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Wildlife & ecosystems threatened by the irresponsible expansion of soy
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Wildlife & ecosystems threatened by the irresponsible expansion of soy


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  • 1. Wildlife & Ecosystems threatened by the irresponsible expansion of soy i f © Staffan Widtrand / WWF
  • 2. © Michel Gunther / WWF-CanonSouth America’s Atlantic Forest: As of 2000, less than 8% of the total original area of thisregion remained
  • 3. © Juan Pratginestos / WWF-CanonThe golden lion tamarin, found in patches of the Atlantic Forest, is an endangeredspecies with an estimated wild population of only approximately 1,500 individuals
  • 4. © Martin Harvey / WWF-CanonThe white-tufted-ear marmoset lives in wooded savannah and on the edge of remnantsof the Atlantic Forest
  • 5. © Martin Harvey / WWF-CanonThe threatened red brocket, seen here in the Atlantic Forest
  • 6. © Vida SilvestreChaco: The Río de Oro (Gold River) in Argentina cuts through the largest dry forest inSouth America and is the continent’s most extensive forested region after the Amazon
  • 7. © Michel Gunther / WWF-CanonThe jaguar, also found in the Gran Chaco, is the largest cat in the western hemisphere, thetop predator in lowland ecosystems, and an important figure in many indigenous cultures
  • 8. © Nigel Dickinson / WWF-CanonAmazon: About 1/2 of the planets remaining tropical rainforests are found in thisecoregion
  • 9. © André Bärtschi / WWF-CanonAn Amazon tree boa, hanging from a liana. At least 10% of the worlds known speciesare found in the Amazon.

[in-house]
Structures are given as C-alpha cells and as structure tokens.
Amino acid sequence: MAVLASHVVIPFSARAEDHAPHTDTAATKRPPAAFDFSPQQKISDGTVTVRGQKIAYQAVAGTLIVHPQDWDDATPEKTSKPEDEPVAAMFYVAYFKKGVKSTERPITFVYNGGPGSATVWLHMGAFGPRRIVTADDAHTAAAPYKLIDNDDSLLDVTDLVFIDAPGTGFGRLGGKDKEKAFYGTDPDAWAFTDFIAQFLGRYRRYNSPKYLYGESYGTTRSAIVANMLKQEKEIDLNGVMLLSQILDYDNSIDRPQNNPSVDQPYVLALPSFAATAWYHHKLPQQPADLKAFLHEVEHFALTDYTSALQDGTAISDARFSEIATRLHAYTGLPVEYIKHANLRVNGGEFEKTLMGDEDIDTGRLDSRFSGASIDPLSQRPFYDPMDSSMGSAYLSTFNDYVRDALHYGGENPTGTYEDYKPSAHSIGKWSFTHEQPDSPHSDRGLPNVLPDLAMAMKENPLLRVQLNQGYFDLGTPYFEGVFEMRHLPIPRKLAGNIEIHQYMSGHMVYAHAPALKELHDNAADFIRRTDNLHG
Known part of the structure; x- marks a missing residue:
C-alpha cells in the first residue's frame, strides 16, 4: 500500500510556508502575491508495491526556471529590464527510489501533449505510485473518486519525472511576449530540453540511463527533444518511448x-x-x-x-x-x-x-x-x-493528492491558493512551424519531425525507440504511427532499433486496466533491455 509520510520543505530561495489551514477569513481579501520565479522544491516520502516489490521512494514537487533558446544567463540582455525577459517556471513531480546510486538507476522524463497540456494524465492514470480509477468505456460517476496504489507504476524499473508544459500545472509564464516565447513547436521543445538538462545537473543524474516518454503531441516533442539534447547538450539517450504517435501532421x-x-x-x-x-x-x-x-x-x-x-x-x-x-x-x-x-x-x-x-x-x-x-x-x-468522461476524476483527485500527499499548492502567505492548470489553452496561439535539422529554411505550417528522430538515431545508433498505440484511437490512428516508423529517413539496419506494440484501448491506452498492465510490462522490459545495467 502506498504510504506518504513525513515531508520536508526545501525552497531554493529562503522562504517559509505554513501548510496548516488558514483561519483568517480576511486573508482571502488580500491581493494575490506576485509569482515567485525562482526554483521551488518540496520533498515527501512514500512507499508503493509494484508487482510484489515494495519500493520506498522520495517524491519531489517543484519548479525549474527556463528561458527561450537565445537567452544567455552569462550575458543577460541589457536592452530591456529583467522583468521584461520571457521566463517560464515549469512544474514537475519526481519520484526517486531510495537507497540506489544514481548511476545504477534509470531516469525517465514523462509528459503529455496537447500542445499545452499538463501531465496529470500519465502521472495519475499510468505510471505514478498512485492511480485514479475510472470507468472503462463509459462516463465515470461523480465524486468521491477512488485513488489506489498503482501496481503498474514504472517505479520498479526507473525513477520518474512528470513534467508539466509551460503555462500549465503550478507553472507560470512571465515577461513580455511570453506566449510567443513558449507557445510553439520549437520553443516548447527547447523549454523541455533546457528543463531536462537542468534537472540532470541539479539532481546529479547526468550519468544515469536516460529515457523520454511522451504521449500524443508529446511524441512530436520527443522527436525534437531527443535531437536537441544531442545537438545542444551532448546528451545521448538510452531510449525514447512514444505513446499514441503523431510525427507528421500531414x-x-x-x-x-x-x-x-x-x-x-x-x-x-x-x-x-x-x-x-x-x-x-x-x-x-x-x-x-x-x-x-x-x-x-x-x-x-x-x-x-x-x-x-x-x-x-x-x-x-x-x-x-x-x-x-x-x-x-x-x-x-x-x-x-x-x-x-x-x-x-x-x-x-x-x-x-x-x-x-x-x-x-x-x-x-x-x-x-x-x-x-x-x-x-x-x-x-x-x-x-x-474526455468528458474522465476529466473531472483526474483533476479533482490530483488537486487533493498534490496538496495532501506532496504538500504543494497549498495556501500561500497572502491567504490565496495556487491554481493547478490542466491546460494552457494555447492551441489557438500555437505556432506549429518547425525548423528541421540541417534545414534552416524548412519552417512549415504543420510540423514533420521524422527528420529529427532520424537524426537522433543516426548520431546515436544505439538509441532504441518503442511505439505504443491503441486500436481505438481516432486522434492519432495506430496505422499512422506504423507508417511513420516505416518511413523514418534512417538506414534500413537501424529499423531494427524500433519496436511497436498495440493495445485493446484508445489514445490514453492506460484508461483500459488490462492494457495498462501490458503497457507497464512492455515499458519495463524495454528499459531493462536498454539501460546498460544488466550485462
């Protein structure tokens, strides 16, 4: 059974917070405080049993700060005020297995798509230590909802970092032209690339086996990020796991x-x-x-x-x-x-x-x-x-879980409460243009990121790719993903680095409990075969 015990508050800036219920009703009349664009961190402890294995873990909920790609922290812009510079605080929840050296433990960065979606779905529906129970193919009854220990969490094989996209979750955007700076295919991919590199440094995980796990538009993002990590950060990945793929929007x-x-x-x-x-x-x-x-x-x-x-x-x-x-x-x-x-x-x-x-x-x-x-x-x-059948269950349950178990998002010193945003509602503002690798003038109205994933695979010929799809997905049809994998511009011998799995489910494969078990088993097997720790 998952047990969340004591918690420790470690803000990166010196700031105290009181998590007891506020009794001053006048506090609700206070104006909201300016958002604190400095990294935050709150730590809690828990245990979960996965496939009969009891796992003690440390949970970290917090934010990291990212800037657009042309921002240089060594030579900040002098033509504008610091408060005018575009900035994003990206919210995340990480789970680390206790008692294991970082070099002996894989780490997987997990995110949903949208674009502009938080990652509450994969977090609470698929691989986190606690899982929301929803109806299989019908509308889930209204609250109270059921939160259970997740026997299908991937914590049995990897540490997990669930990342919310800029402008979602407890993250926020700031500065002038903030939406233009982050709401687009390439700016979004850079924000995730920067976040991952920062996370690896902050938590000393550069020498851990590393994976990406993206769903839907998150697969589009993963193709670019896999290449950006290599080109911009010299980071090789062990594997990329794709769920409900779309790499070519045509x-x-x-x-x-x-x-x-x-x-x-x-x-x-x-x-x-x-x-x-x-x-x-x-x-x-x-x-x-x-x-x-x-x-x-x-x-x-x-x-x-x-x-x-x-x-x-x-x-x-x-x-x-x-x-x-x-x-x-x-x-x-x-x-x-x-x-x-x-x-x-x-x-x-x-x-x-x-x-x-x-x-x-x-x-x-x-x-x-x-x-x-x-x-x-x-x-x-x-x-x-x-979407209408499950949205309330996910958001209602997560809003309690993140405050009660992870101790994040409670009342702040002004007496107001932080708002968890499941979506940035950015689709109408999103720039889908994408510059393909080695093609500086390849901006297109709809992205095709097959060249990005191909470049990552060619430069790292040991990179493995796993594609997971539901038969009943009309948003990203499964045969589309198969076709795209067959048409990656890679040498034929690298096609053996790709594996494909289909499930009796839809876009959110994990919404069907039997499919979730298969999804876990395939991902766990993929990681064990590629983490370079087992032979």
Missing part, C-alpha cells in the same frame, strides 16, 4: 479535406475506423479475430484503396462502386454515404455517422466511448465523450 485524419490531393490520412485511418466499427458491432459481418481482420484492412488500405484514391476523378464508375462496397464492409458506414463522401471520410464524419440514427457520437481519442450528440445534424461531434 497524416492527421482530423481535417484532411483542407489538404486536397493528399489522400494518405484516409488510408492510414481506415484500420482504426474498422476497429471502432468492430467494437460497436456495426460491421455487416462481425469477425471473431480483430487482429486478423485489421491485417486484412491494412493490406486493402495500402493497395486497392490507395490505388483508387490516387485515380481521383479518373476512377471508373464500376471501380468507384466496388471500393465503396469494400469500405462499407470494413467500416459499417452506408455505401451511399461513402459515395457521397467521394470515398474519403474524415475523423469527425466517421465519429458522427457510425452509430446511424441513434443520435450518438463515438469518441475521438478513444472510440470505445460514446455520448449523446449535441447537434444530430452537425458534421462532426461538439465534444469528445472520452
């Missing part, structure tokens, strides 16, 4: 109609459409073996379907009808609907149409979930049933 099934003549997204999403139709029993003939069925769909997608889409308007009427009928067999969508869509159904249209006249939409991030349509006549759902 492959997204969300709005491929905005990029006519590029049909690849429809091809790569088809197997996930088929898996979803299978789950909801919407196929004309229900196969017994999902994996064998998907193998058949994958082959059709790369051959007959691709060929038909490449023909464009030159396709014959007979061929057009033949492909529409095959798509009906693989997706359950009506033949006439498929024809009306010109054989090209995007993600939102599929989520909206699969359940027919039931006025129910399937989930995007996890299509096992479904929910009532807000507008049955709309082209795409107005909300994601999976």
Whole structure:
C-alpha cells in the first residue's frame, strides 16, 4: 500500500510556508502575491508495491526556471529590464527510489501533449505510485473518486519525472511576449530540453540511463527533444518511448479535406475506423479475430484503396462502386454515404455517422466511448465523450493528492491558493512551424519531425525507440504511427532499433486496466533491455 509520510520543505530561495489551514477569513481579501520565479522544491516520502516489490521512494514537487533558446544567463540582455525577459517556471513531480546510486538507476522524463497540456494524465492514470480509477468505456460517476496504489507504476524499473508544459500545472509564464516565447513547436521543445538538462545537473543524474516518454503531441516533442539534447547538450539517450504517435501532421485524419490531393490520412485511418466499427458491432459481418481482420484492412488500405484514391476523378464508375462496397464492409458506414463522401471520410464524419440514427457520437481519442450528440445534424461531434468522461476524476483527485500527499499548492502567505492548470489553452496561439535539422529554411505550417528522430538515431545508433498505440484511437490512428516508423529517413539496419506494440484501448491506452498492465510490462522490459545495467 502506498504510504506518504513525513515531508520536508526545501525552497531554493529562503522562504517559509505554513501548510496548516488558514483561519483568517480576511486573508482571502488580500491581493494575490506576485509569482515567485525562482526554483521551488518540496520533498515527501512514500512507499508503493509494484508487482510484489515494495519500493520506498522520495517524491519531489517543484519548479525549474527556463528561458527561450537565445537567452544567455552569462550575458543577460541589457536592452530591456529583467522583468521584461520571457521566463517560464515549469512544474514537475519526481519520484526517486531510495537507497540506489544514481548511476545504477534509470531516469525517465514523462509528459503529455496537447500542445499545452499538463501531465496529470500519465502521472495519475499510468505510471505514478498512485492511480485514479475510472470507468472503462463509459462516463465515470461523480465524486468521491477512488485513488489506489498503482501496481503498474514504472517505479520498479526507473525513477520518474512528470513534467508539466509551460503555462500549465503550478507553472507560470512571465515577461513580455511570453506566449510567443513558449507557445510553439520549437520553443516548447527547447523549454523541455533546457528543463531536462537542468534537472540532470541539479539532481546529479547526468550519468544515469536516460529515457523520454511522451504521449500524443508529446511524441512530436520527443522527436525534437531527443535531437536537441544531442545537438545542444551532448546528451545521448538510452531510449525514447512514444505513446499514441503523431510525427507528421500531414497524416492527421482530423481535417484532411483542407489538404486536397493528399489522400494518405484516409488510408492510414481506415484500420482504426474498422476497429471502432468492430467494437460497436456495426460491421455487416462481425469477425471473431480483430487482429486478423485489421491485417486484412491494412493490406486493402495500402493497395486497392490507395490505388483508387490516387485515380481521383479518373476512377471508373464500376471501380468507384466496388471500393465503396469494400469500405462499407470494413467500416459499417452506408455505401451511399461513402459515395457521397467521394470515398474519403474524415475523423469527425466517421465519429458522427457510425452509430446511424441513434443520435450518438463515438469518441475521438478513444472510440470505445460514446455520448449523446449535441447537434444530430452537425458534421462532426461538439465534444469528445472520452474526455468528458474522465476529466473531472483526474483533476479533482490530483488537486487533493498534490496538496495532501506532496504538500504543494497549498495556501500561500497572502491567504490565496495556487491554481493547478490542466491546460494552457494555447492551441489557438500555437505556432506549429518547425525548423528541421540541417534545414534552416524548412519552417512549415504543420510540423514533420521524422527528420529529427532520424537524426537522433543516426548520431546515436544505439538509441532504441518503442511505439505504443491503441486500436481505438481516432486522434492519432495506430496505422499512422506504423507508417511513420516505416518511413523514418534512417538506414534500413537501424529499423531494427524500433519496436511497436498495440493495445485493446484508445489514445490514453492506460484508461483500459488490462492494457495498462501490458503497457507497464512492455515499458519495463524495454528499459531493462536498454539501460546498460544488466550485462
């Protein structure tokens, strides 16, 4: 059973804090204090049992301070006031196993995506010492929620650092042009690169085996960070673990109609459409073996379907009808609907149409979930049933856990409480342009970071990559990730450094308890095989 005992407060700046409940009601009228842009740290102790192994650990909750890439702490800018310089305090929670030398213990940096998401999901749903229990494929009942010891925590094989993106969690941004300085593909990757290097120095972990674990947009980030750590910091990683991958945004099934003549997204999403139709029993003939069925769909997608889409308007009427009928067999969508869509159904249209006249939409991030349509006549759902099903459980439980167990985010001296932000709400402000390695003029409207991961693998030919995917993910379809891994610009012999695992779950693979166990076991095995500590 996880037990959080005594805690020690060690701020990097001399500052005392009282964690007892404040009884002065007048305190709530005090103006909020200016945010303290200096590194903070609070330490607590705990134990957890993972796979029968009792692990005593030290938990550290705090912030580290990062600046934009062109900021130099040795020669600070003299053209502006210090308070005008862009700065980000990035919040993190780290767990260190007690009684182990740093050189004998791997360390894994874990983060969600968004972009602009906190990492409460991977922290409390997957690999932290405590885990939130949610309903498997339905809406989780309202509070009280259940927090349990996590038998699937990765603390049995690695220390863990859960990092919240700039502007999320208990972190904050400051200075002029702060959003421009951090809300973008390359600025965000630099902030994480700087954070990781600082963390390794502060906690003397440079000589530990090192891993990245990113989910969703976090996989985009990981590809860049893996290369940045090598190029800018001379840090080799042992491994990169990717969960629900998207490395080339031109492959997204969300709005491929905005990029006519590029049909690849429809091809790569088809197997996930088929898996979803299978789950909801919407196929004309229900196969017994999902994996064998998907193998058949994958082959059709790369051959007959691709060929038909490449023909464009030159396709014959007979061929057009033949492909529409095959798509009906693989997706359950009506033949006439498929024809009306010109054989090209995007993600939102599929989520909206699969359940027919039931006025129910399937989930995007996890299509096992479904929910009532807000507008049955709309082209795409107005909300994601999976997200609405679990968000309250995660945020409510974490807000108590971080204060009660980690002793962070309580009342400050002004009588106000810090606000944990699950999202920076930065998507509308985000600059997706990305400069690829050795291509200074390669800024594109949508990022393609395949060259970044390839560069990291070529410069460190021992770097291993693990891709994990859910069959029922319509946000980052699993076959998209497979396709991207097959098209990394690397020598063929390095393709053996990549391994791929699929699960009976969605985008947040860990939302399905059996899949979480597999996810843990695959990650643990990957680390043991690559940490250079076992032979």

• 10. © WWFBrazil’s Cerrado: a vast savannah the size of Mexico, brimming with natural life
  • 11. © Martin Harvey / WWF-CanonThe maned wolf, one of the Cerrado’s emblematic species
  • 12. © Hartmut Jungius / WWF-CanonListed as “vulnerable to extinction” on the IUCN Red List, the giant anteater is alreadyconsidered extinct in some parts of Brazil
  • 13. © WWF44% of the Cerrado’s plant species exist nowhere else on Earth
  • 14. © Juan Pratginestos / WWF-CanonAround 300 of the Cerrado’s native plant species are used as food, medicine,handicrafts or for trade
  • 15. © Michel Gunther / WWF-Canon60 vulnerable animal species – 20 endangered and 12 critically endangered – strugglefor survival in the Cerrado
  • 16. © Zig Koch / WWFCerrado savannah flower, Juruena National Park, Brazil
  • 17. © WWFA road separates the Cerrado’s native savannah with a cleared area destined for asoybean plantation. Half of the Cerrado has been lost to agriculture as of 2012.
  • 18. © Adriano Gambarini / WWF-BrazilThe Cerrado is disappearing faster than the Amazon rainforest, mainly as a result ofcommercial agriculture – especially vast fields of soy
  • 19. Original Cerrado Conservation International 2002
  • 20. Cerrado in 2002 Conservation International 2002
  • 21. © Nigel Dickinson / WWF-CanonIn addition to causing negative environmental impacts, the expansion of soybeanagriculture also often displaces small-scale farmers
  • 22. © James W. Thorsell / WWF-CanonThe application of pesticides for soy cultivation is not without risk—agrochemicals couldcontaminate soil, and surface and underground water sources
  • 23. Wirralwater / Creative CommonsSoy is exported from South America and elsewhere to meet a growing demand for feed,especially for chickens and pigs
  • 24. © Steve Morgan / WWF-UKOn average, each European consumer eats 87 kg of meat and 250 eggs per year. Toproduce this, 400 square metres of land per person is needed.
  • 25. jamesdkirk / Creative CommonsThis is how our eating habits indirectly contribute to negative environmental and social impacts,including deforestation and biodiversity loss, in South America and other soy producing countries
  • 26. Find out morewwf.panda.org/soyandyou f d / d